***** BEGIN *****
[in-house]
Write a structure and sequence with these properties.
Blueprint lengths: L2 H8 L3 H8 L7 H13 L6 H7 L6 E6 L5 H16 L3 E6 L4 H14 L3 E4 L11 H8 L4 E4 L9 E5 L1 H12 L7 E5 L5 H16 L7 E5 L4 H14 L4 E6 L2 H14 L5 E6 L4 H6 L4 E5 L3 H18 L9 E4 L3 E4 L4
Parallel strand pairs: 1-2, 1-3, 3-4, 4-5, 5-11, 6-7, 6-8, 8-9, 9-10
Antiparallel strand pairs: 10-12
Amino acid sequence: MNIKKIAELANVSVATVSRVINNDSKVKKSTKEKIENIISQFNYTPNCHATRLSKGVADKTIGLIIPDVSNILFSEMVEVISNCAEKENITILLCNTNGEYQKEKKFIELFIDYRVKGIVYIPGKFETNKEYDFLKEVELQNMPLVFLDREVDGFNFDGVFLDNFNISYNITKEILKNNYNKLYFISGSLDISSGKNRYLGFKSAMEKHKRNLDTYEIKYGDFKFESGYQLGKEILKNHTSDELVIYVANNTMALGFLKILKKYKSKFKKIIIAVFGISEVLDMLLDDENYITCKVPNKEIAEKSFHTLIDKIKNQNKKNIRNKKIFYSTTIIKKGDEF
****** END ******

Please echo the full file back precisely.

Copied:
[in-house]
Write a structure and sequence with these properties.
Blueprint lengths: L2 H8 L3 H8 L7 H13 L6 H7 L6 E6 L5 H16 L3 E6 L4 H14 L3 E4 L11 H8 L4 E4 L9 E5 L1 H12 L7 E5 L5 H16 L7 E5 L4 H14 L4 E6 L2 H14 L5 E6 L4 H6 L4 E5 L3 H18 L9 E4 L3 E4 L4
Parallel strand pairs: 1-2, 1-3, 3-4, 4-5, 5-11, 6-7, 6-8, 8-9, 9-10
Antiparallel strand pairs: 10-12
Amino acid sequence: MNIKKIAELANVSVATVSRVINNDSKVKKSTKEKIENIISQFNYTPNCHATRLSKGVADKTIGLIIPDVSNILFSEMVEVISNCAEKENITILLCNTNGEYQKEKKFIELFIDYRVKGIVYIPGKFETNKEYDFLKEVELQNMPLVFLDREVDGFNFDGVFLDNFNISYNITKEILKNNYNKLYFISGSLDISSGKNRYLGFKSAMEKHKRNLDTYEIKYGDFKFESGYQLGKEILKNHTSDELVIYVANNTMALGFLKILKKYKSKFKKIIIAVFGISEVLDMLLDDENYITCKVPNKEIAEKSFHTLIDKIKNQNKKNIRNKKIFYSTTIIKKGDEF